Most patients (70%) in this study achieved a score suggestive of probable or definite AIH according to the new simplified criteria. The remaining group often had lacking data of one or more components of the score, such as immunoglobulins or histology. If only patients who had a full set of data available were considered, 80% of patients met the criteria for probable or definite AIH.[4] All patients in the current study who did not fulfill the simplified criteria had revised original score[3] of either probable or definite AIH. This is somewhat expected as the revised original scoring system has been shown to have greater sensitivity but a lesser specificity for the diagnosis of AIH compared to the simplified one.[37] Of patients in this study who did not meet the simplified criteria despite having all components of the score available at diagnosis, 4/10 (40%) had DIAIH and 2/10 (20%) had overlap syndrome with PBC. This is in line with other studies showing that the simplified criteria did not predict the requirement of steroids in patients with DIAIH[33] and a high number of patients with PBC overlap among those who fell short of the simplified criteria.[7]

The frequency of DIAIH is higher in our study than in a study from the Mayo clinic.[20] The proportion of DIAIH out of all AIH patients identified between 1997 and 2007 was 9%.[20] Overall 11/13 (85%) DIAIH patients in our study had DIAIH as a result of biological drugs whereas Nitrofurantoin and Minocycline were the main causes (92%) in the Mayo clinic study.[20] It is conceivable that wider use of biological drugs can in part explain the higher incidence of AIH recorded in our study compared to previous ones (Table 1). When compared to patients with classical AIH, patients with DIAIH were less likely to have IgG above upper normal limits, positive SMA and to be treated with azathioprine. A trial of treatment discontinuation was successful in all DIAIH patients compared with 47% of patients with the classical form of AIH, with the difference being statistically significant. This is in line with other studies where only about 40% of DIAIH patients had elevated IgG levels.[23] Trial of discontinuation of corticosteroids has previously been shown to be more likely to be successful in the drug-induced group.[20]

Frequencies of overlap syndromes vary as no standard definitions currently exist.[38] In this study, 8% of patients were diagnosed with overlap with PBC and 1% with PSC which is in agreement with other studies of predominantly European descended patients with AIH[9,15,17] but higher than in a study of Alaska natives.[12]

Immunosuppressive therapy was initiated in almost all (97%) patients in our cohort as in most other reports.[18,39] Initial biochemical remission, defined as normalization of ALT values, was achieved in most cases (93%) where treatment was initiated. Recently, impaired survival of AIH patients compared to the general population has been reported in studies from Scandinavia[8–10] all of which had a longer median follow-up time (5.9–11.3 years) than the current one. An overall survival rate of 90% after median follow-up of 5 years is in line with what has been described previously by some[10,18,39] investigators but not others.[8] Of interest, Danielsson et al[9] found that relative survival of an AIH cohort started to differ from the general population 4 years from diagnosis but that difference became more prominent in the second decade after diagnosis.[9] Impaired survival of AIH patients with cirrhosis in this study is in line with a recent study found survival to be significantly impaired in AIH patients with cirrhosis compared to general population but not in AIH patients without cirrhosis.[40]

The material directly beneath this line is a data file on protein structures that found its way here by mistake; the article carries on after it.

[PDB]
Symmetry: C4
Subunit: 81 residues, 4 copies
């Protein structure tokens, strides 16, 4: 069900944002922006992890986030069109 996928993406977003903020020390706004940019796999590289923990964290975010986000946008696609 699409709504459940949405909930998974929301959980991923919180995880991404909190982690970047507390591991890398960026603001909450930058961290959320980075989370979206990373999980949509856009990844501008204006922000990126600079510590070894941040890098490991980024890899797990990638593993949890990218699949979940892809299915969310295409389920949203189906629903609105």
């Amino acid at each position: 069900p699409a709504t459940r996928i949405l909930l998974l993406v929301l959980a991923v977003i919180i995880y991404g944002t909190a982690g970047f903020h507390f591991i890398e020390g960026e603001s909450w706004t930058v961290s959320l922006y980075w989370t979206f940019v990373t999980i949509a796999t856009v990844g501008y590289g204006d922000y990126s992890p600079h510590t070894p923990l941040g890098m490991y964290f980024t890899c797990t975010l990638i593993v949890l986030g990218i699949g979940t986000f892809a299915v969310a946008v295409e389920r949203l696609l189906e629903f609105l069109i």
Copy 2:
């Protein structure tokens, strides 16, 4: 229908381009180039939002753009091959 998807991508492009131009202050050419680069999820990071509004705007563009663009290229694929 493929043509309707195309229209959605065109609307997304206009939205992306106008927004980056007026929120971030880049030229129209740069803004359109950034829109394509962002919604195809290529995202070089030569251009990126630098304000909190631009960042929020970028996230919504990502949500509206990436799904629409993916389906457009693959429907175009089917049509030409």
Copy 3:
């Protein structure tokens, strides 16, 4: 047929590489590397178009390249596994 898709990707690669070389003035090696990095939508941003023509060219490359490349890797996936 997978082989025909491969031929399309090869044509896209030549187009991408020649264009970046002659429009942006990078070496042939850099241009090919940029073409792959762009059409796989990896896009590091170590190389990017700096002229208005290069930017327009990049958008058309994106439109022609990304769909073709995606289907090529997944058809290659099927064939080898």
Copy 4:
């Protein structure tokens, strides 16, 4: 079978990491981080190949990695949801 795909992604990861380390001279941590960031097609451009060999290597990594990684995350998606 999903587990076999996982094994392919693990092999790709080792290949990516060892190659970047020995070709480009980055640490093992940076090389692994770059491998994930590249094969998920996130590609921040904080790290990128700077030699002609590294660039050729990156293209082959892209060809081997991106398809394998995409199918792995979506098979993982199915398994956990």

None of the patient in the current study underwent liver transplantation whereas 2–5% of patients in other cohorts have undergone transplantation.[7–10,18,39] We do not have an explanation for this. This might be due to earlier diagnosis in the Icelandic patients in recent years preventing liver damage but relatively short follow-up in the current study might also be a contributing factor. This might also reflect a smaller cohort. Four Icelandic patients underwent liver transplantation as a result of AIH, all diagnosed prior to the start of this study, with one transplantation taking place during the study period (in 2010).[41] The cause of death was considered liver-related in a minority of our patients with similar findings described recently by Puustinen et al[10] whereas others[8,9,39] have described a majority of liver-related deaths.

The strength of our study is that it consists of a well-defined cohort from a geographically isolated area, with many different case-finding strategies. This study was nationwide thus limiting regional referral bias. We were able to scrutinize medical records in our cohort and are confident that most, if not all, cases of AIH diagnosed in Iceland during the study period were found. Our main limitation is that validated scoring criteria could not be applied reliably to all patients thereby increasing the risk of overestimating the incidence.

Summary; the incidence and prevalence of AIH in the Icelandic population is among the highest reported to date. The disease has a marked female predominance. Drug-induced cases contribute in part to increasing incidence which can probably be associated with wider use of biological drugs. Immunosuppressive treatment was very effective and short-term prognosis favourable.